Our obsession to dissect and understand leadership and elite fitness has gradually elevated both out of the reach to mere mortals.
Fact is, you can become a leader and attain a level of elite fitness, it just depends on how hard you’re willing to work.
Leading a group ride is a perfect example. As the point person, you must assemble a team of riders, map out your destination and route (cue sheet), set a meeting time, distribute the cue sheet, review it with everyone, answer questions, begin the ride, deal with faster and slower riders, mechanical issues, flats, and other unplanned challenges, and make sure everyone gets back in one piece. Then there’s the post-ride celebration, everything from muffins in the parking lot to microbrews in the pub.
It’s a Leadership 101 lesson.
For that glorious ride you are a leader. If you think you need to adopt someone else’s seven habits, go for it, otherwise tap in to what you’re already doing.
Finding your inner elite athlete is as easy as setting and attaining goals. Reaching your goals may never be simple, but the blueprint to get you there ain’t brain surgery.
Navigating the road to excellence takes risk, sweat, pain, and a plan. Are you willing to leave your comfort zone and take the next step?
This could mean:
- Making unpopular decisions that are best for the overall strategic direction of your organization.
- Pushing yourself physically in ways you never have.
- Collecting and analyzing data on your professional and athletic progress.
- Rearranging your time to selfishly spend some of it developing you.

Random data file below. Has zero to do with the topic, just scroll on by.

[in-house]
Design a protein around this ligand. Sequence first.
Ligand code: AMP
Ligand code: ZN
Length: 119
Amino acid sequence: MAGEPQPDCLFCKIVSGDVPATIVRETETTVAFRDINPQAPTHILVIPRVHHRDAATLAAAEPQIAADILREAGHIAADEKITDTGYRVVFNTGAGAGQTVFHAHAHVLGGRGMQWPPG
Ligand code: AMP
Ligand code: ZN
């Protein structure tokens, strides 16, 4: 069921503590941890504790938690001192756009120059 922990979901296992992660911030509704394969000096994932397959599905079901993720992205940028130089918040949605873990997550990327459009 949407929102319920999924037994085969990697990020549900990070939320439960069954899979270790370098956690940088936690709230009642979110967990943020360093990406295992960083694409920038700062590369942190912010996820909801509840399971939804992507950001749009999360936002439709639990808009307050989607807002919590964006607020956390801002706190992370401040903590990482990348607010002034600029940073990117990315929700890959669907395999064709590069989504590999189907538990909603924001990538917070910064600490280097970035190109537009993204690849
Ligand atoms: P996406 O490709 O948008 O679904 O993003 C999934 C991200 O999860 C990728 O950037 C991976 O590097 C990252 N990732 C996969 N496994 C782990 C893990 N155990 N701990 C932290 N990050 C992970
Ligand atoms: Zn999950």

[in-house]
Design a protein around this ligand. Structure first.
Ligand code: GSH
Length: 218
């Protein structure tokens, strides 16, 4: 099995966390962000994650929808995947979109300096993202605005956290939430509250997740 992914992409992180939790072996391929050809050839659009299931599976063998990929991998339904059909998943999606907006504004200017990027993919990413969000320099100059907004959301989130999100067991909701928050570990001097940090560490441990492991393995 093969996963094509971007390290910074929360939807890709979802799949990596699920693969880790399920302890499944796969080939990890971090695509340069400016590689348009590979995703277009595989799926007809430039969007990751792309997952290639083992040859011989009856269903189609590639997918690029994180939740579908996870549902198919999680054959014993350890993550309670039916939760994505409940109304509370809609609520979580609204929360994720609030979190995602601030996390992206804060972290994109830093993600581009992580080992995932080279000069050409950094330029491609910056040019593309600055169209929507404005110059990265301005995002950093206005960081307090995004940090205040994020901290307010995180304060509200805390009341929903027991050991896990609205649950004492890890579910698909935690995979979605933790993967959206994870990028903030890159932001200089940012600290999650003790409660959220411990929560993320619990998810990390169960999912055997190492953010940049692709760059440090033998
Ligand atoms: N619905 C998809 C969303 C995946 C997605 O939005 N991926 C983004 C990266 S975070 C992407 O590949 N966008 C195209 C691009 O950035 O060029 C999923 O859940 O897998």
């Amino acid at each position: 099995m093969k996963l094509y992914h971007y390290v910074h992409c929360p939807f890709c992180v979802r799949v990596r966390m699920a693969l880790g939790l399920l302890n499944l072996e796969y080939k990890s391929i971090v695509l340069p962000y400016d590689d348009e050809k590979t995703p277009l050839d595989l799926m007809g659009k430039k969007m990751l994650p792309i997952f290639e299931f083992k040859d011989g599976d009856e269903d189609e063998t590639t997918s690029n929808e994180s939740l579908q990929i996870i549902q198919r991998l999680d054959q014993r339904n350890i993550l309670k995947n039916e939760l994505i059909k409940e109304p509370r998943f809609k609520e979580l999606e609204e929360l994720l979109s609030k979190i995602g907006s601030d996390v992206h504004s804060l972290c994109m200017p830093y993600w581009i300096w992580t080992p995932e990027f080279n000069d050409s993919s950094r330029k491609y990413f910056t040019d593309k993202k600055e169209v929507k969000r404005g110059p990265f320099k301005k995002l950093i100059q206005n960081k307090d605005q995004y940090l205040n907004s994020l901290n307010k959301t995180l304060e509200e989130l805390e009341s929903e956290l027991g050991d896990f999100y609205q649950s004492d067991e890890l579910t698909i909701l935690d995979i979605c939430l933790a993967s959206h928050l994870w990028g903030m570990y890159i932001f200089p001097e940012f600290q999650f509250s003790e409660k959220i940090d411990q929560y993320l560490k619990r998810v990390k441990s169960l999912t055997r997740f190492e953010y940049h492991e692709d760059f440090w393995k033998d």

- Consistently upgrading the quality of how you’re spending your time exercising, learning, and developing your skills.
How often do we hold ourselves back? From negative self-talk to low self-esteem, fear of failure to time constraints, we have enough shackling us without imagining our goals already out of reach.
I have a friend, Liz (pictured above) who recently won first place in her age group at a 5K. Her athletic journey has been one of balancing family, friends, obligations, work, and exercising. Like all of us, she’s had successes and setbacks, and through it all she’s made time for her athletic passion and continued to push herself beyond her limits.
I imagine it wasn’t so long ago the idea that she would be wearing a first place 5K medal seemed unthinkable to her. Today, that medal motivates my amazing friend to take her fitness to even higher levels because she is driven to improve.
Drive can be misread as obsessiveness when in fact it’s healthy and necessary for progress. It can be developed over time and incorporated into everything you do with hard work and commitment.
When you make the decision to be a leader and take your athletic life to the next level look inside yourself; you’ll find all the tools you need.